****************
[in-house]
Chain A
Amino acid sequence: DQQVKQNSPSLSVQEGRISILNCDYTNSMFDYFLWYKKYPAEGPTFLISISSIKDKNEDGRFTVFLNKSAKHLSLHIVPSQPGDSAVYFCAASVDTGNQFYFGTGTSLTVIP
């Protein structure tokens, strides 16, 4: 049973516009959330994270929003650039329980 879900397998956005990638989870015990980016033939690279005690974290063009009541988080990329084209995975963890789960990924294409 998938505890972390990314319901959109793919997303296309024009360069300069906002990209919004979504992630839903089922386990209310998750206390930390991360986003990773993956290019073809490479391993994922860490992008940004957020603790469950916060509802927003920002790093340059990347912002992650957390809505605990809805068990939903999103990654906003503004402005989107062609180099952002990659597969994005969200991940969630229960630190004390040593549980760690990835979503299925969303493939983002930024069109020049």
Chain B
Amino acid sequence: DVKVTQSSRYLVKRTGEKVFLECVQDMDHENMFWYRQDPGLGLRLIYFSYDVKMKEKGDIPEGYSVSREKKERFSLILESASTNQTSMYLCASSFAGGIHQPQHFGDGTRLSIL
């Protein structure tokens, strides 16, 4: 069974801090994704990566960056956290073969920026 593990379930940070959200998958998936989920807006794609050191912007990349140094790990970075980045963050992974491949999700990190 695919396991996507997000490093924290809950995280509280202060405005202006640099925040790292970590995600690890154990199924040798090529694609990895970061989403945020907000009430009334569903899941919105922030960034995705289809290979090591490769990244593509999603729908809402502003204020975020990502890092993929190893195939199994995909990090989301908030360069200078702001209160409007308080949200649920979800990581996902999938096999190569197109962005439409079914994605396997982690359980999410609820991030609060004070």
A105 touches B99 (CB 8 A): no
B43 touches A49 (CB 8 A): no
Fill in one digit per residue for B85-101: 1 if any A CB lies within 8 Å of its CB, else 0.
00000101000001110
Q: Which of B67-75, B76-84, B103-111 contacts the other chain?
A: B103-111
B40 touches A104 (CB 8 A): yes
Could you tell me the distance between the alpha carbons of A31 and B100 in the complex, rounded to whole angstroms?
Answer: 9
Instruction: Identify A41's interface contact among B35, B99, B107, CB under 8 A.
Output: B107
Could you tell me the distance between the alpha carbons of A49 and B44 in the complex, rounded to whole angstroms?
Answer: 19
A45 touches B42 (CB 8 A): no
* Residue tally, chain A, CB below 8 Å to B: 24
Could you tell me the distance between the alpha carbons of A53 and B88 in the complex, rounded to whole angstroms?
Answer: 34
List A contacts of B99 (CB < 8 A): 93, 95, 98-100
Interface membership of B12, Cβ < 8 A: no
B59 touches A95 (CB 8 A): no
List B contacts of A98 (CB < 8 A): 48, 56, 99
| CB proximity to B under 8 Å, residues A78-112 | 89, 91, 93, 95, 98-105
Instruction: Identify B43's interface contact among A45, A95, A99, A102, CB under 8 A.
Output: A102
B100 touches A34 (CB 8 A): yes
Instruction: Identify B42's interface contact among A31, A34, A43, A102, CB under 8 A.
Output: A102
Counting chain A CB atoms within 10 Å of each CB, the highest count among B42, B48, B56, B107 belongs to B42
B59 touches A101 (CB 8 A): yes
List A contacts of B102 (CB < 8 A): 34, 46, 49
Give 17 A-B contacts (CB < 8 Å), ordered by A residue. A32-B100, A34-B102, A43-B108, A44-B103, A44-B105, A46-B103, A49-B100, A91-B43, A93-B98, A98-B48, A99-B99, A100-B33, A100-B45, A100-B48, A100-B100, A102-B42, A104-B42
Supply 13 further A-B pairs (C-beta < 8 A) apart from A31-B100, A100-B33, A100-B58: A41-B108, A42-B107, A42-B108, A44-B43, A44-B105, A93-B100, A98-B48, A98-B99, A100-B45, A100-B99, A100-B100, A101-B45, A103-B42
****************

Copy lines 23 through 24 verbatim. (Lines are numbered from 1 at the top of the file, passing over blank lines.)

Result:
Could you tell me the distance between the alpha carbons of A53 and B88 in the complex, rounded to whole angstroms?
Answer: 34